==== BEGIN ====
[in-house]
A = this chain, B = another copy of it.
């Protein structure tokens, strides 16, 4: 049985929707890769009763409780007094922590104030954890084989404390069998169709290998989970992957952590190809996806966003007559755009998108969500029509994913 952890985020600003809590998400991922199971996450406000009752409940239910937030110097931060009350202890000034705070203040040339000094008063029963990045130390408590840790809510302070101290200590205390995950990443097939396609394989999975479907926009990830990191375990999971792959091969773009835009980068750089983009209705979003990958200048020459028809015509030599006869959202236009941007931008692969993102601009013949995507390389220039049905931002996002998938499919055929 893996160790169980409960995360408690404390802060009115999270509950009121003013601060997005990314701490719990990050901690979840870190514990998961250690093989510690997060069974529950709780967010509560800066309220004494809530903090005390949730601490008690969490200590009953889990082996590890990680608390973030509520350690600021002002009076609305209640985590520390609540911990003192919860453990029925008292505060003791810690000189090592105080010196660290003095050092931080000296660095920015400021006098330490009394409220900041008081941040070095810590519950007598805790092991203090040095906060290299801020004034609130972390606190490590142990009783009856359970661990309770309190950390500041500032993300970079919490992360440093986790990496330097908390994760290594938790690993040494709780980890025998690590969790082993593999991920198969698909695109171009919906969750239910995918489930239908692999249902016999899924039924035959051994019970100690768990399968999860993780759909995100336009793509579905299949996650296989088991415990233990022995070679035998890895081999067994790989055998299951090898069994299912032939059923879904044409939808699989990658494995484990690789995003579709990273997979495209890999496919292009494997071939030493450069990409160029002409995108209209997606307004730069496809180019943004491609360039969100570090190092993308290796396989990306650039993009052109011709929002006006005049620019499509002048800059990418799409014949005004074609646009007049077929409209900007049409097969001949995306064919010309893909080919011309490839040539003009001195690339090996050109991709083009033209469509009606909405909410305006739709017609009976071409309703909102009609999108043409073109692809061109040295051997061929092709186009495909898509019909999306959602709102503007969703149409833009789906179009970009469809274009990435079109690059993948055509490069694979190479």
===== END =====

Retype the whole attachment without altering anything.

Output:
[in-house]
A = this chain, B = another copy of it.
């Protein structure tokens, strides 16, 4: 049985929707890769009763409780007094922590104030954890084989404390069998169709290998989970992957952590190809996806966003007559755009998108969500029509994913 952890985020600003809590998400991922199971996450406000009752409940239910937030110097931060009350202890000034705070203040040339000094008063029963990045130390408590840790809510302070101290200590205390995950990443097939396609394989999975479907926009990830990191375990999971792959091969773009835009980068750089983009209705979003990958200048020459028809015509030599006869959202236009941007931008692969993102601009013949995507390389220039049905931002996002998938499919055929 893996160790169980409960995360408690404390802060009115999270509950009121003013601060997005990314701490719990990050901690979840870190514990998961250690093989510690997060069974529950709780967010509560800066309220004494809530903090005390949730601490008690969490200590009953889990082996590890990680608390973030509520350690600021002002009076609305209640985590520390609540911990003192919860453990029925008292505060003791810690000189090592105080010196660290003095050092931080000296660095920015400021006098330490009394409220900041008081941040070095810590519950007598805790092991203090040095906060290299801020004034609130972390606190490590142990009783009856359970661990309770309190950390500041500032993300970079919490992360440093986790990496330097908390994760290594938790690993040494709780980890025998690590969790082993593999991920198969698909695109171009919906969750239910995918489930239908692999249902016999899924039924035959051994019970100690768990399968999860993780759909995100336009793509579905299949996650296989088991415990233990022995070679035998890895081999067994790989055998299951090898069994299912032939059923879904044409939808699989990658494995484990690789995003579709990273997979495209890999496919292009494997071939030493450069990409160029002409995108209209997606307004730069496809180019943004491609360039969100570090190092993308290796396989990306650039993009052109011709929002006006005049620019499509002048800059990418799409014949005004074609646009007049077929409209900007049409097969001949995306064919010309893909080919011309490839040539003009001195690339090996050109991709083009033209469509009606909405909410305006739709017609009976071409309703909102009609999108043409073109692809061109040295051997061929092709186009495909898509019909999306959602709102503007969703149409833009789906179009970009469809274009990435079109690059993948055509490069694979190479």